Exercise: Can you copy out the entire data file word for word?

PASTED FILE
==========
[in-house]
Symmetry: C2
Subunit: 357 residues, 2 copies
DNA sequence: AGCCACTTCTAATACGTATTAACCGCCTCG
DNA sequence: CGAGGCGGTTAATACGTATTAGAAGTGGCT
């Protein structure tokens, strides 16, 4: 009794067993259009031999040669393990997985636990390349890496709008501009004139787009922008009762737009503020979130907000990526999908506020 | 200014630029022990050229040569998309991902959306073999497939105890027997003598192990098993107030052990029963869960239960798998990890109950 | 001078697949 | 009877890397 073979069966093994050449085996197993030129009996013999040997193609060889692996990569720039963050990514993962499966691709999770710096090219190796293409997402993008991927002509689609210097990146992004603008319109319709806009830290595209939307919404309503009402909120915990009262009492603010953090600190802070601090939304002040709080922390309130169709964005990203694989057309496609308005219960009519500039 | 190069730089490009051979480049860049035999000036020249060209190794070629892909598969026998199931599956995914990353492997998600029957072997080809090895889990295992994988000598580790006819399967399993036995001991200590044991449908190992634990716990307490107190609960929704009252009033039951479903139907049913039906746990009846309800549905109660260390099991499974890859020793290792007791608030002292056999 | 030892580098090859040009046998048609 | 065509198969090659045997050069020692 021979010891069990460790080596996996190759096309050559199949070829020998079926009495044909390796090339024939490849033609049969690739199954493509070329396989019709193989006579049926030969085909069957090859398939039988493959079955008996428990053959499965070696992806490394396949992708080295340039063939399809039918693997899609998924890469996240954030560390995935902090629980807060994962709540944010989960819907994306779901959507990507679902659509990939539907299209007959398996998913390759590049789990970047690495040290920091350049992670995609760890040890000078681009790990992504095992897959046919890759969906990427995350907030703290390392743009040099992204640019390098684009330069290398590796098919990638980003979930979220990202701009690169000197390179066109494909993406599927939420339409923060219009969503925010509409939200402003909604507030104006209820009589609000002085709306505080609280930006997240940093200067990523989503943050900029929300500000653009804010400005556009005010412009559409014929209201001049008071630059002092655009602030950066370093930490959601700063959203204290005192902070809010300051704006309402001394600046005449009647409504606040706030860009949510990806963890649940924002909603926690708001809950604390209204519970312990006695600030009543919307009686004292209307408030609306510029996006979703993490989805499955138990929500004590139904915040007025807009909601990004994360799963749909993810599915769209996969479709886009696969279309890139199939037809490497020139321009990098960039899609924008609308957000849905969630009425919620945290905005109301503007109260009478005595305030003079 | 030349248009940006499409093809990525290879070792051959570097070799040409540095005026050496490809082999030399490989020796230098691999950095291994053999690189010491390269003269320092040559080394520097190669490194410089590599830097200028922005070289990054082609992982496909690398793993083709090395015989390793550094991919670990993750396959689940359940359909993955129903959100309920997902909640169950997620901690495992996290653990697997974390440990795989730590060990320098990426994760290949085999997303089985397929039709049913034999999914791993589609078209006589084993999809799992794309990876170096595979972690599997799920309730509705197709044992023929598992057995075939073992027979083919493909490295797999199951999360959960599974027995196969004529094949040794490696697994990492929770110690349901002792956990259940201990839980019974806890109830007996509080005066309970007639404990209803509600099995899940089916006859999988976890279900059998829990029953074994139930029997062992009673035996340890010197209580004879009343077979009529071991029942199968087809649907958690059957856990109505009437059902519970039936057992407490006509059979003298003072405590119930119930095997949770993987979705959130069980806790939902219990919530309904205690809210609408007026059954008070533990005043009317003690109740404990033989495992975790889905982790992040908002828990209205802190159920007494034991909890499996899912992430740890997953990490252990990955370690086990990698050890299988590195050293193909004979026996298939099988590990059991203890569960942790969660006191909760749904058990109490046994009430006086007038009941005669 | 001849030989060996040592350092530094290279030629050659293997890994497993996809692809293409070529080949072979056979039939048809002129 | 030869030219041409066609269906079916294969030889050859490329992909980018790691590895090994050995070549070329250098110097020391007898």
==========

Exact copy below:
[in-house]
Symmetry: C2
Subunit: 357 residues, 2 copies
DNA sequence: AGCCACTTCTAATACGTATTAACCGCCTCG
DNA sequence: CGAGGCGGTTAATACGTATTAGAAGTGGCT
């Protein structure tokens, strides 16, 4: 009794067993259009031999040669393990997985636990390349890496709008501009004139787009922008009762737009503020979130907000990526999908506020 | 200014630029022990050229040569998309991902959306073999497939105890027997003598192990098993107030052990029963869960239960798998990890109950 | 001078697949 | 009877890397 073979069966093994050449085996197993030129009996013999040997193609060889692996990569720039963050990514993962499966691709999770710096090219190796293409997402993008991927002509689609210097990146992004603008319109319709806009830290595209939307919404309503009402909120915990009262009492603010953090600190802070601090939304002040709080922390309130169709964005990203694989057309496609308005219960009519500039 | 190069730089490009051979480049860049035999000036020249060209190794070629892909598969026998199931599956995914990353492997998600029957072997080809090895889990295992994988000598580790006819399967399993036995001991200590044991449908190992634990716990307490107190609960929704009252009033039951479903139907049913039906746990009846309800549905109660260390099991499974890859020793290792007791608030002292056999 | 030892580098090859040009046998048609 | 065509198969090659045997050069020692 021979010891069990460790080596996996190759096309050559199949070829020998079926009495044909390796090339024939490849033609049969690739199954493509070329396989019709193989006579049926030969085909069957090859398939039988493959079955008996428990053959499965070696992806490394396949992708080295340039063939399809039918693997899609998924890469996240954030560390995935902090629980807060994962709540944010989960819907994306779901959507990507679902659509990939539907299209007959398996998913390759590049789990970047690495040290920091350049992670995609760890040890000078681009790990992504095992897959046919890759969906990427995350907030703290390392743009040099992204640019390098684009330069290398590796098919990638980003979930979220990202701009690169000197390179066109494909993406599927939420339409923060219009969503925010509409939200402003909604507030104006209820009589609000002085709306505080609280930006997240940093200067990523989503943050900029929300500000653009804010400005556009005010412009559409014929209201001049008071630059002092655009602030950066370093930490959601700063959203204290005192902070809010300051704006309402001394600046005449009647409504606040706030860009949510990806963890649940924002909603926690708001809950604390209204519970312990006695600030009543919307009686004292209307408030609306510029996006979703993490989805499955138990929500004590139904915040007025807009909601990004994360799963749909993810599915769209996969479709886009696969279309890139199939037809490497020139321009990098960039899609924008609308957000849905969630009425919620945290905005109301503007109260009478005595305030003079 | 030349248009940006499409093809990525290879070792051959570097070799040409540095005026050496490809082999030399490989020796230098691999950095291994053999690189010491390269003269320092040559080394520097190669490194410089590599830097200028922005070289990054082609992982496909690398793993083709090395015989390793550094991919670990993750396959689940359940359909993955129903959100309920997902909640169950997620901690495992996290653990697997974390440990795989730590060990320098990426994760290949085999997303089985397929039709049913034999999914791993589609078209006589084993999809799992794309990876170096595979972690599997799920309730509705197709044992023929598992057995075939073992027979083919493909490295797999199951999360959960599974027995196969004529094949040794490696697994990492929770110690349901002792956990259940201990839980019974806890109830007996509080005066309970007639404990209803509600099995899940089916006859999988976890279900059998829990029953074994139930029997062992009673035996340890010197209580004879009343077979009529071991029942199968087809649907958690059957856990109505009437059902519970039936057992407490006509059979003298003072405590119930119930095997949770993987979705959130069980806790939902219990919530309904205690809210609408007026059954008070533990005043009317003690109740404990033989495992975790889905982790992040908002828990209205802190159920007494034991909890499996899912992430740890997953990490252990990955370690086990990698050890299988590195050293193909004979026996298939099988590990059991203890569960942790969660006191909760749904058990109490046994009430006086007038009941005669 | 001849030989060996040592350092530094290279030629050659293997890994497993996809692809293409070529080949072979056979039939048809002129 | 030869030219041409066609269906079916294969030889050859490329992909980018790691590895090994050995070549070329250098110097020391007898």